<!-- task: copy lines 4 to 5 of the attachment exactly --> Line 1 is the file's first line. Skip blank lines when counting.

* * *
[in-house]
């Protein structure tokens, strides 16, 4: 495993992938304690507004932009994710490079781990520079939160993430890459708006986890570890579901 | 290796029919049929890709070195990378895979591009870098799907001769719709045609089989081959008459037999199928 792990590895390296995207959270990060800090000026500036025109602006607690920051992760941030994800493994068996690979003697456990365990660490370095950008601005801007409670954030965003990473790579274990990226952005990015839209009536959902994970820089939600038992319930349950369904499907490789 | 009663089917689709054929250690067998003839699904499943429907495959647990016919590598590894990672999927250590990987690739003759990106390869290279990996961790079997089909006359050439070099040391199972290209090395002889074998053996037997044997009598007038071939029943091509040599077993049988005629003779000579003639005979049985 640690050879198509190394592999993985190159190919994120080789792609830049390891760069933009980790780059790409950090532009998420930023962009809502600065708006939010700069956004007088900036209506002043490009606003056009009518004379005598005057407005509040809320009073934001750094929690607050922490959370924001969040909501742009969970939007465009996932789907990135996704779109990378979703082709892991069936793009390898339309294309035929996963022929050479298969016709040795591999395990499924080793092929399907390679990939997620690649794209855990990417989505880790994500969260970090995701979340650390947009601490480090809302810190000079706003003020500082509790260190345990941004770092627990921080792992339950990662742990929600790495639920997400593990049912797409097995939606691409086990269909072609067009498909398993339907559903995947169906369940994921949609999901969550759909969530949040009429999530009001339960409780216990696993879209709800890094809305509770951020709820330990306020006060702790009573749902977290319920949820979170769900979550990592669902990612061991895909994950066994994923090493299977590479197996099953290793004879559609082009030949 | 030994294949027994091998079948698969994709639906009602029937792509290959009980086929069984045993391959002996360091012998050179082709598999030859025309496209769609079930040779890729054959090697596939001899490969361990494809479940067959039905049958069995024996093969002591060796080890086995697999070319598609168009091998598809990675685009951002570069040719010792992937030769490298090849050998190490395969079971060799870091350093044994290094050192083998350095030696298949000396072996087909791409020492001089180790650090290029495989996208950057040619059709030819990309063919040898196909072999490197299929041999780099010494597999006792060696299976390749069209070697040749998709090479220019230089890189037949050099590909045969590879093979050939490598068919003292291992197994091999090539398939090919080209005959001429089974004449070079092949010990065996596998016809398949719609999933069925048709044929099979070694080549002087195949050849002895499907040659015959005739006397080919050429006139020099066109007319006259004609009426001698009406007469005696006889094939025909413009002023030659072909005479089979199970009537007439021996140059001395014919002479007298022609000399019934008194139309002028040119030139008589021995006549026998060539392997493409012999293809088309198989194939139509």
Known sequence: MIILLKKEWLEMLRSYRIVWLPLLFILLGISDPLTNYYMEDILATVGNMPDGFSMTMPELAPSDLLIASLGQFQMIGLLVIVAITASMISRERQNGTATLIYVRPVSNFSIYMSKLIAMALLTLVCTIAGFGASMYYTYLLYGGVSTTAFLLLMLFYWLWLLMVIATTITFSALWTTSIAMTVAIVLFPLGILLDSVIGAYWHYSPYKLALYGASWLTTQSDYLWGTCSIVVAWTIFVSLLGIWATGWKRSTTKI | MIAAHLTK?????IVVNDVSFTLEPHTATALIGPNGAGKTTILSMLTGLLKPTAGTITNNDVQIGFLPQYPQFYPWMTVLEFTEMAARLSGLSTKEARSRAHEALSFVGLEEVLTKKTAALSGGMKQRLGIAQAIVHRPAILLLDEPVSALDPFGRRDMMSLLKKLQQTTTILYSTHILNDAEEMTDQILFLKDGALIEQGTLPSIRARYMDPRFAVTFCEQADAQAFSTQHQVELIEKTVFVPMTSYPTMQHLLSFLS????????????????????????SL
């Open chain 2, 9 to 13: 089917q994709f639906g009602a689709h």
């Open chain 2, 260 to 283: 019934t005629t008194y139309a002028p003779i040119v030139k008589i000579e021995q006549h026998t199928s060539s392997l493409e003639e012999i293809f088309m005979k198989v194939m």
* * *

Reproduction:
């Open chain 2, 9 to 13: 089917q994709f639906g009602a689709h």
């Open chain 2, 260 to 283: 019934t005629t008194y139309a002028p003779i040119v030139k008589i000579e021995q006549h026998t199928s060539s392997l493409e003639e012999i293809f088309m005979k198989v194939m």